Hello, dear Hivers!
In this post, I will share with you some pictures from my recent trip to Plovdiv (2nd biggest city in my country Bulgaria).
This is just a random picture from the city center of Plovdiv:
So, let me start! On Tuesday, October 5th, I decided to go to Plovdiv, in the afternoon, have a stroll and enjoy the beautiful weather. Because these were the last warm days and sunny days. So, I traveled by train from my home town to Plovdiv. The journey takes approximately 1 hour. At about 3 p.m. I was already in Plovdiv. This is a place not far away from the train station (where I arrived):
There are two red buildings in the picture. The first one is the National High School of Trade and Commerce. The second one is the Profesional School of Architecture and Woodworking 'Hristo Botev'. Behind the school there is a monument on the top of the hill. This is the Alyosha Monument - an 11-meter tall reinforced concrete statue of a Soviet soldier commemorating the Soviet soldiers from the 2nd World War.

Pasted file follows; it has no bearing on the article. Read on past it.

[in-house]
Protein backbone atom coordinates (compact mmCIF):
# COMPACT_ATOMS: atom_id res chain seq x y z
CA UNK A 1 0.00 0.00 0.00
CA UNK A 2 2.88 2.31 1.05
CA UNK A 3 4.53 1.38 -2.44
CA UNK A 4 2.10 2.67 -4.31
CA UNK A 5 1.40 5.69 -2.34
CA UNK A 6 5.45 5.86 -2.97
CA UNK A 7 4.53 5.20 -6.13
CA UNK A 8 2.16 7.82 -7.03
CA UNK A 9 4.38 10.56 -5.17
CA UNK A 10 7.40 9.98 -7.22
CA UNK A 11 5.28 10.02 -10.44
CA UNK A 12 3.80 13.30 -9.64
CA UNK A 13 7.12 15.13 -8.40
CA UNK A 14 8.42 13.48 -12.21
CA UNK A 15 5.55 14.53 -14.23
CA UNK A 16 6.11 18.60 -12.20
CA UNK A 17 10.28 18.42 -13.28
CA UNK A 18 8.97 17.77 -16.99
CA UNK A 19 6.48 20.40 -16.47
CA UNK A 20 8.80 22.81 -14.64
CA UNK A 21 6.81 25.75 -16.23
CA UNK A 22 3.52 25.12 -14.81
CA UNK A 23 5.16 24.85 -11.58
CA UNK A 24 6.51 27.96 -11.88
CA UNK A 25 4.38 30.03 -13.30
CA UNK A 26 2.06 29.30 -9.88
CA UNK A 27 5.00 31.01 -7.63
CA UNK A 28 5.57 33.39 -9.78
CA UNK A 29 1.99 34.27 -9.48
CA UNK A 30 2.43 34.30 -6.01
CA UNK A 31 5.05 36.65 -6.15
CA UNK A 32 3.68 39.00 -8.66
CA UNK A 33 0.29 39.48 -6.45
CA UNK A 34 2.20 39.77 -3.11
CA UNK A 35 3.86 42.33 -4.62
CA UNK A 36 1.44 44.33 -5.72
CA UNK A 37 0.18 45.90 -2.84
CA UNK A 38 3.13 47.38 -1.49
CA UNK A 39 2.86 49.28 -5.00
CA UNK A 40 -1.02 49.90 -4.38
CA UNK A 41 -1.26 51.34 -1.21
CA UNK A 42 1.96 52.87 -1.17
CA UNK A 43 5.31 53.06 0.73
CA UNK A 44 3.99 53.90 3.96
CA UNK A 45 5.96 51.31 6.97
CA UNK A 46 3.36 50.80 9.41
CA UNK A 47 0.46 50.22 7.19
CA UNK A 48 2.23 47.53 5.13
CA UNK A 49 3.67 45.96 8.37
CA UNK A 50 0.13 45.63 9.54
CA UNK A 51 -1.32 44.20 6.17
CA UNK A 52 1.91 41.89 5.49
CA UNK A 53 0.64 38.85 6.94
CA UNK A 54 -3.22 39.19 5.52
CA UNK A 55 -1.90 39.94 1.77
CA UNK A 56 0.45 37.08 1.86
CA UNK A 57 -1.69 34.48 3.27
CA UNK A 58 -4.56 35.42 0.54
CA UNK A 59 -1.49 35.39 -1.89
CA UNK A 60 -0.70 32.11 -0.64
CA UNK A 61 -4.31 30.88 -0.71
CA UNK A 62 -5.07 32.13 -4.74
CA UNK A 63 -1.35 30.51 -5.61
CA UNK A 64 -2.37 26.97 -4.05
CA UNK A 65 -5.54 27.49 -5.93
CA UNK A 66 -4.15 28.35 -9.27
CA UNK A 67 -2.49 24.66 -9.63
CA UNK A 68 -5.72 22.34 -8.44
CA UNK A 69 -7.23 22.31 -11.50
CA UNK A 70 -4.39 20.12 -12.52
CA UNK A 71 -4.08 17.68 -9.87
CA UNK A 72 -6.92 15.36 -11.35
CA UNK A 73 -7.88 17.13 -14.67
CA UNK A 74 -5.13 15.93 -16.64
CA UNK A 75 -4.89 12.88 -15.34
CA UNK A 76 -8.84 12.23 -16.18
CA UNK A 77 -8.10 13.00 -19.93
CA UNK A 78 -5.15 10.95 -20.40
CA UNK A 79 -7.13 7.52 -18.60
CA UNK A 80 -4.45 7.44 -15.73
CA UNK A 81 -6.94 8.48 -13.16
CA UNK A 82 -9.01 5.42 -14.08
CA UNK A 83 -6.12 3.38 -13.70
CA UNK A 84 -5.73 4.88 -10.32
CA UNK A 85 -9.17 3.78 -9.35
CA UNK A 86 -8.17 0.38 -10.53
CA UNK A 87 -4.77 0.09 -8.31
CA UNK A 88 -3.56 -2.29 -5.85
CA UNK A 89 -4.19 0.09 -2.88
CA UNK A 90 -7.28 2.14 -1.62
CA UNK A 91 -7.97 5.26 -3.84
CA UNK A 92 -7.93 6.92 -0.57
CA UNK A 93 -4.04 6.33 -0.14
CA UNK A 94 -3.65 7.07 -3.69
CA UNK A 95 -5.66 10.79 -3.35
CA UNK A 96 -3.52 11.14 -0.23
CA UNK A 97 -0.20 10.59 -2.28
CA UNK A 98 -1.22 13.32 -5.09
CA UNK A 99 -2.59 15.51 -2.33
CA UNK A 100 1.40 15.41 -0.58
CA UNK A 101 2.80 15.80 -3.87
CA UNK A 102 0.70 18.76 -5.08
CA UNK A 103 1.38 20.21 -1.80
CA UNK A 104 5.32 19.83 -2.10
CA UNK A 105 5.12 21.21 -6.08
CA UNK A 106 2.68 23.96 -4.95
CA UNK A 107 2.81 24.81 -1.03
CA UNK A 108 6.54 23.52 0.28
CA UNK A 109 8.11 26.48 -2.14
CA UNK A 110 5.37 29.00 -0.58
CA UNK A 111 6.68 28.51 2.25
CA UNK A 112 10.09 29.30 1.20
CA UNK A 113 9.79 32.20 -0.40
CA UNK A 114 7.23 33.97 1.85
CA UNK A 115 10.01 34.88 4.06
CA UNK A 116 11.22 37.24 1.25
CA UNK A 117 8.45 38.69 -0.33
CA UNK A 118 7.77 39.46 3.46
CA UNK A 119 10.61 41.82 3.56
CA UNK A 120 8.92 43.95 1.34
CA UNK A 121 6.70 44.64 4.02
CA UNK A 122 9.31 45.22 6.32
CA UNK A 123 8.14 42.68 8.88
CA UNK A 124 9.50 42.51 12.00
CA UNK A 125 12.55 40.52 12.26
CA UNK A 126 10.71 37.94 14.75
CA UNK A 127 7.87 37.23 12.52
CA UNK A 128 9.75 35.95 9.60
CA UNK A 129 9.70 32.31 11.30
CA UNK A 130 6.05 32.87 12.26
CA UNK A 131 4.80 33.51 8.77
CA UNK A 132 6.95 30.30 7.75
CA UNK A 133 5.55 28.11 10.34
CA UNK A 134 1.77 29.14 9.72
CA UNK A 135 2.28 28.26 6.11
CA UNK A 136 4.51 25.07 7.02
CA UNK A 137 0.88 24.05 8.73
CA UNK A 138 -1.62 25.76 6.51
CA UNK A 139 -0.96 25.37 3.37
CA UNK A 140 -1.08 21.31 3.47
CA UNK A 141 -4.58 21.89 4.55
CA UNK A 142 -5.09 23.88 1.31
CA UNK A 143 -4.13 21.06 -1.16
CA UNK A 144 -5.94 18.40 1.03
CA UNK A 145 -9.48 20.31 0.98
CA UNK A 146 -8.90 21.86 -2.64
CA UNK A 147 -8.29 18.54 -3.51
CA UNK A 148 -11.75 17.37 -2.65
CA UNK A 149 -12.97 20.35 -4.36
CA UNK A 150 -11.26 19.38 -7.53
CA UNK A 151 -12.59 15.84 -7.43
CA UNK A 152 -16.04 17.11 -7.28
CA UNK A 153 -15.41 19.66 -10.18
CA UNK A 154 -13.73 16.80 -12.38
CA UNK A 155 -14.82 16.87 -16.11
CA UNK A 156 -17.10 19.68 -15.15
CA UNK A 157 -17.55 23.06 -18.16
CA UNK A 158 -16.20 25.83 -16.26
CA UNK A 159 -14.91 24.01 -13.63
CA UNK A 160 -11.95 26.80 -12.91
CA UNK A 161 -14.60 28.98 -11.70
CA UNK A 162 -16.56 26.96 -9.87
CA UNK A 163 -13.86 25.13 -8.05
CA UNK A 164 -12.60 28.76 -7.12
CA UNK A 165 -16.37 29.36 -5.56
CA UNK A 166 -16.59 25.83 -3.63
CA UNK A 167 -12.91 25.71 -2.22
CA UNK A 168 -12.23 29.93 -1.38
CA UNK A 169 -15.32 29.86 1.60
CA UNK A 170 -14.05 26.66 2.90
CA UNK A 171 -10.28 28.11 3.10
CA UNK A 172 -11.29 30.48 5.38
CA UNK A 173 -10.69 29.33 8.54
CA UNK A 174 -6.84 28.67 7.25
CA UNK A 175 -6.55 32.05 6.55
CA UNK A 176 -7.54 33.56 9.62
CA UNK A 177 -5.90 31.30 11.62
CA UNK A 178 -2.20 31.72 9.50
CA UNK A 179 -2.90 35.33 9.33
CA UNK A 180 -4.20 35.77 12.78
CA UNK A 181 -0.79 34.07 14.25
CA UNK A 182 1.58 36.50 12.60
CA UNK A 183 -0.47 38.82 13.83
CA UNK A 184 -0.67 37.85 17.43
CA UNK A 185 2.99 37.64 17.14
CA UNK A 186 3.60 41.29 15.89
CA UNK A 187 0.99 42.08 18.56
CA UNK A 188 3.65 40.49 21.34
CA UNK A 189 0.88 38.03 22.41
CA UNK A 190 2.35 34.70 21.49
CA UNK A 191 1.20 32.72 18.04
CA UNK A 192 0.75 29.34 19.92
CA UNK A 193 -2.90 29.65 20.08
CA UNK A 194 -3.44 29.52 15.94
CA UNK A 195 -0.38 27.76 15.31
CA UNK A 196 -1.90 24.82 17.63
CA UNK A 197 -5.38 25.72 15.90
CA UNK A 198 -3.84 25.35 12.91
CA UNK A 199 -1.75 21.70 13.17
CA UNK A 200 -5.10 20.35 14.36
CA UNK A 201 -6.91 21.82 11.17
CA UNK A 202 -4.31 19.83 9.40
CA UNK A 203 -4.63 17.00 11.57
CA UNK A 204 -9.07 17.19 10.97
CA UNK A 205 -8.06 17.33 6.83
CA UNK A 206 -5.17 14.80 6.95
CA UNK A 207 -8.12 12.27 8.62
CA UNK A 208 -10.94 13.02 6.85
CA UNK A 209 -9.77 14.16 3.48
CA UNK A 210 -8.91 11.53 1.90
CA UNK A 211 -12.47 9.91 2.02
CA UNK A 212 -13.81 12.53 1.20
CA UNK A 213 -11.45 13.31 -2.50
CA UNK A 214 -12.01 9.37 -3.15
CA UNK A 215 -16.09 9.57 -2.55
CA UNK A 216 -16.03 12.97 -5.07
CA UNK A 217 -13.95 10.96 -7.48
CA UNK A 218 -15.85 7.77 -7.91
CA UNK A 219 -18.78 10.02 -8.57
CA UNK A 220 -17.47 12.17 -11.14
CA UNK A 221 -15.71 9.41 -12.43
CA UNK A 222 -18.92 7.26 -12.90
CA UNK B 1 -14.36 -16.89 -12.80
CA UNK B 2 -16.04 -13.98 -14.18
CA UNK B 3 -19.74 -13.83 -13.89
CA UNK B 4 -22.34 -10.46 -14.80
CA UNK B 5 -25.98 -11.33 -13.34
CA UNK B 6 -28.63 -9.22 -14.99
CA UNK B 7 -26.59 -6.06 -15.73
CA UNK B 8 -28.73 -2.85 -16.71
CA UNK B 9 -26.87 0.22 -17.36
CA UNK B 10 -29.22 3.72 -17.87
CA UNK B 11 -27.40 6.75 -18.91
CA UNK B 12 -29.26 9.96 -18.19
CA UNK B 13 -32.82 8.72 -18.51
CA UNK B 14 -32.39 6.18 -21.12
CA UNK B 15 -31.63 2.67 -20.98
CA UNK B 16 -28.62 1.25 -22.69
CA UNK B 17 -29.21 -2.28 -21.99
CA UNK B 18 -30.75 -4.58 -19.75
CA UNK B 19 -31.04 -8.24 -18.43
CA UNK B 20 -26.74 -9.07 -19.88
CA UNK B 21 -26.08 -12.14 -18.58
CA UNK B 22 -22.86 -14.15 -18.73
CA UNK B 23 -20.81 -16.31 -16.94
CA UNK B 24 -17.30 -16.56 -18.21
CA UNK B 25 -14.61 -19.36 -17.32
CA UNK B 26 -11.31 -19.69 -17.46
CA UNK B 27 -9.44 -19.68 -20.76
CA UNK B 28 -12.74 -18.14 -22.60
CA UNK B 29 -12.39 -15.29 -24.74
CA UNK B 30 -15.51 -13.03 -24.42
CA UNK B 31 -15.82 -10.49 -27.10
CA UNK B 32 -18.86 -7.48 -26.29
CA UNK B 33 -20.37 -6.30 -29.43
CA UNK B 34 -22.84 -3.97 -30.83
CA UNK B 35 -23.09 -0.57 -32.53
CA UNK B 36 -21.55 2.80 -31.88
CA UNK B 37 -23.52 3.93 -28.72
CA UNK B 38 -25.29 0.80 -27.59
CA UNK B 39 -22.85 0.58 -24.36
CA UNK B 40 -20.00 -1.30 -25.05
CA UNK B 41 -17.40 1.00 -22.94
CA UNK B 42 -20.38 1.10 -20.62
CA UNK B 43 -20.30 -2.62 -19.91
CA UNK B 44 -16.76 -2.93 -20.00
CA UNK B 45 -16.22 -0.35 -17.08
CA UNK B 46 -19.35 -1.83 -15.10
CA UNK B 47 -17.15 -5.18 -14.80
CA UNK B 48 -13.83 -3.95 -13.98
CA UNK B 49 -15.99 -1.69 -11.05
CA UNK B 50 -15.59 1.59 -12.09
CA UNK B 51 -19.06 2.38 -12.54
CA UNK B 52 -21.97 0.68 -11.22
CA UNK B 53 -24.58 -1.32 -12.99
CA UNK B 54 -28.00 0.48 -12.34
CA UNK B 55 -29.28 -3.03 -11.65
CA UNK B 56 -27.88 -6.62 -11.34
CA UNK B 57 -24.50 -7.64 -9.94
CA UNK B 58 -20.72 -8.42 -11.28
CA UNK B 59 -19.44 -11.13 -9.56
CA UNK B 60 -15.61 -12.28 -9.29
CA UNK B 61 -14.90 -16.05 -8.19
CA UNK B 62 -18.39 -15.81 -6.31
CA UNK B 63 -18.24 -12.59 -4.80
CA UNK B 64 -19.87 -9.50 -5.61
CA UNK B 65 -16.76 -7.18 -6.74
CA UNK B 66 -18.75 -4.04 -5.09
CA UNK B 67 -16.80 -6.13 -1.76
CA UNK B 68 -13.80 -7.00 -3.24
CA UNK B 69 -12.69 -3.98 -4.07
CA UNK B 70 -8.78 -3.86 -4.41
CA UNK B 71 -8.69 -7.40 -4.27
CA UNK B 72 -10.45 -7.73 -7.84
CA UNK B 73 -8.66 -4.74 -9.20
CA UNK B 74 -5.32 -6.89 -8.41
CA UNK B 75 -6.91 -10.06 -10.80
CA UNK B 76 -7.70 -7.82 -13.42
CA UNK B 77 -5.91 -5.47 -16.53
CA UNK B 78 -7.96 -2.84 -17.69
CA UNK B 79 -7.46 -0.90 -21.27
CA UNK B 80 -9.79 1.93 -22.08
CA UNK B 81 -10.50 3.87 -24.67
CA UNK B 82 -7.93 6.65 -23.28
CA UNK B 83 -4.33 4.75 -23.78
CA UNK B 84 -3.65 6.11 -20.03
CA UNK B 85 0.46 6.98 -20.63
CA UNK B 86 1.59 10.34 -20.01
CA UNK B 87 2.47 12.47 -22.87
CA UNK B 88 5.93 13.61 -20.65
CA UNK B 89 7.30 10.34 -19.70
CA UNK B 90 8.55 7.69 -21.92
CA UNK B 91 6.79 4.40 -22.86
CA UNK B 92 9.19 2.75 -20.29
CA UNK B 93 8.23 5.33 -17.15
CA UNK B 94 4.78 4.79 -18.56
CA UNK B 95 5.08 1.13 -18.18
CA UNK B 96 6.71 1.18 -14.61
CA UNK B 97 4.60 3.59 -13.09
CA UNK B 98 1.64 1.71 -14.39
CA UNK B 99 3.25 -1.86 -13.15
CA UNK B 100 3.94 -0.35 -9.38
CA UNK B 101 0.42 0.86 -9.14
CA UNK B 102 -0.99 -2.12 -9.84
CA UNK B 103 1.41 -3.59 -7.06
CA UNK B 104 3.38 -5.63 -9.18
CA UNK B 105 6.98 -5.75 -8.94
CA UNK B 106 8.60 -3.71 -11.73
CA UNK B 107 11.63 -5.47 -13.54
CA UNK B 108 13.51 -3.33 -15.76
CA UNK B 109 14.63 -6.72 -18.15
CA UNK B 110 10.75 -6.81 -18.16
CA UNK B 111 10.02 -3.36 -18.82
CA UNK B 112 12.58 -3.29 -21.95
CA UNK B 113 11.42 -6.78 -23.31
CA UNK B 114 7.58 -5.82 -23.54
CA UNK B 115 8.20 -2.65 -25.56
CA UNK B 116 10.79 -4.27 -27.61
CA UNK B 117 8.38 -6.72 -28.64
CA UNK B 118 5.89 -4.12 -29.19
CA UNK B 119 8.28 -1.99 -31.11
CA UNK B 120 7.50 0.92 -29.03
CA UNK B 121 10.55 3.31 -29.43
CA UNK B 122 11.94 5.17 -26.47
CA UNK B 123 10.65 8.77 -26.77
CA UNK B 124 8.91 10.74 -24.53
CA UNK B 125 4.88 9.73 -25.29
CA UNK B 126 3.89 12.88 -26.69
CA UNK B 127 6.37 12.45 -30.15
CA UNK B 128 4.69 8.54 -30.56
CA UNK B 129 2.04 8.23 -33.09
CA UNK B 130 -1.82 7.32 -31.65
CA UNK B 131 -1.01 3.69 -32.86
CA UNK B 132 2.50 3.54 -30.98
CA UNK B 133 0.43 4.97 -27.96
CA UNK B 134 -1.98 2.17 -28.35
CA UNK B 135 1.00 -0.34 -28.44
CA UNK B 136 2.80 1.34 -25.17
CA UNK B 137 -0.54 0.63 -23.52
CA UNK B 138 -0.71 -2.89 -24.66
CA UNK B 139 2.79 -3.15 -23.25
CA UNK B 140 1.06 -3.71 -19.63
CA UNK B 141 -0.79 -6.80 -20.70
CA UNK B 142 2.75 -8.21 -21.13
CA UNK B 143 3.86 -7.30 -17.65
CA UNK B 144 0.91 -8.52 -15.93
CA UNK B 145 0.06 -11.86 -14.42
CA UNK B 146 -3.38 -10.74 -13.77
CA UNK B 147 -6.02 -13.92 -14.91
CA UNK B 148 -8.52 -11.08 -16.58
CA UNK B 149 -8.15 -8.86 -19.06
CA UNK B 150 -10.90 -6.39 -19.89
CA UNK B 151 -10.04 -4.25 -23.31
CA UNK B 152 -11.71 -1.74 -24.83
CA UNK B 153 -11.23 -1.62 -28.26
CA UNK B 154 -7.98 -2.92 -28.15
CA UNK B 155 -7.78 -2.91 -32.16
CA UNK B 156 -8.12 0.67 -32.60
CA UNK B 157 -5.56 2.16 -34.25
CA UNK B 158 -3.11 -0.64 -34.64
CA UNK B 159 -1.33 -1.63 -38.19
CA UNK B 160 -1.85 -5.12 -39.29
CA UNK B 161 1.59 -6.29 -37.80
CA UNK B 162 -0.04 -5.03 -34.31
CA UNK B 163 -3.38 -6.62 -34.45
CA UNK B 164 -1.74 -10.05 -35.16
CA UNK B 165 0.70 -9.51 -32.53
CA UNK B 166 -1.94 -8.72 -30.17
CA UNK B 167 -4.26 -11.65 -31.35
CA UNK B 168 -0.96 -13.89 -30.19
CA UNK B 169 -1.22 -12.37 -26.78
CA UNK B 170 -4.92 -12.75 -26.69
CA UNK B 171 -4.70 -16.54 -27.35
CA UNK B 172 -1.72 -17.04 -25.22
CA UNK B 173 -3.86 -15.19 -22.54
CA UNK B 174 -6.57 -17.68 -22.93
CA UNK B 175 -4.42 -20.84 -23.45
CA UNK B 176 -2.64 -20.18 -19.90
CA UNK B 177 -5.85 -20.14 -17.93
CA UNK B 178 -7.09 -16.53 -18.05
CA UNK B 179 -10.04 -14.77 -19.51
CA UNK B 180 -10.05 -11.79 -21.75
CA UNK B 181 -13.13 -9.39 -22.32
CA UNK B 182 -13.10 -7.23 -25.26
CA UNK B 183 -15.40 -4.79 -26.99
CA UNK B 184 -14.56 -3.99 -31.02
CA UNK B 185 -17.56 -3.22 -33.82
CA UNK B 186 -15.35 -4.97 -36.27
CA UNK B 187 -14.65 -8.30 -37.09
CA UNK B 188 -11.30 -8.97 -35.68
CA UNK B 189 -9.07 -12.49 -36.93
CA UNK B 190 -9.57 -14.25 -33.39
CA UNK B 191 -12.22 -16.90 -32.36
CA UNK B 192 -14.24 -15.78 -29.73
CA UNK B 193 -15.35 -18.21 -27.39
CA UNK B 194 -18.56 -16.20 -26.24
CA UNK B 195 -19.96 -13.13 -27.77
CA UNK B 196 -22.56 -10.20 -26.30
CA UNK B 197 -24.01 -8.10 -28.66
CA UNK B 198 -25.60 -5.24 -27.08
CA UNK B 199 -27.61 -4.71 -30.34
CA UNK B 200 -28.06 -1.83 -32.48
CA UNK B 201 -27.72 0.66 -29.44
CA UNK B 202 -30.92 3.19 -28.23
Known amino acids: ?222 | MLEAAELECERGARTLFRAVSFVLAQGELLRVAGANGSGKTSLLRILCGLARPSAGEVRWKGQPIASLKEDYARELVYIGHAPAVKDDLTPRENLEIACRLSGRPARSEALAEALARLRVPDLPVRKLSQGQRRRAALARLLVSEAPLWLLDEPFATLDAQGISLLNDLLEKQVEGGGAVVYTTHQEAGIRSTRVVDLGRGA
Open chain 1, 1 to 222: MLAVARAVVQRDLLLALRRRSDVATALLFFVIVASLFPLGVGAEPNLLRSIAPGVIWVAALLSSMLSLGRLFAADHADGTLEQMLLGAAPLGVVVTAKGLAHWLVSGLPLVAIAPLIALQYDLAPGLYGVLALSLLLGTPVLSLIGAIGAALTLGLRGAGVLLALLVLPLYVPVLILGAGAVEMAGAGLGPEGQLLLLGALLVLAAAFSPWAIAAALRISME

On my way to the city center, I walked by the House of Culture 'Boris Hristov':
It is a building from the Communist era. I find it very beautiful.
Then I continued to walk to the city center:
In about 10 minutes, I was already in the city center:
And took a picture of the small nice old buildings:
However, instead of starting my stroll in the city center from the main pedestrian area, I decided to go first to the old town. So, I continued to walk ...
On my way to the old town, I walked by the Saint Ludwig Cathedral: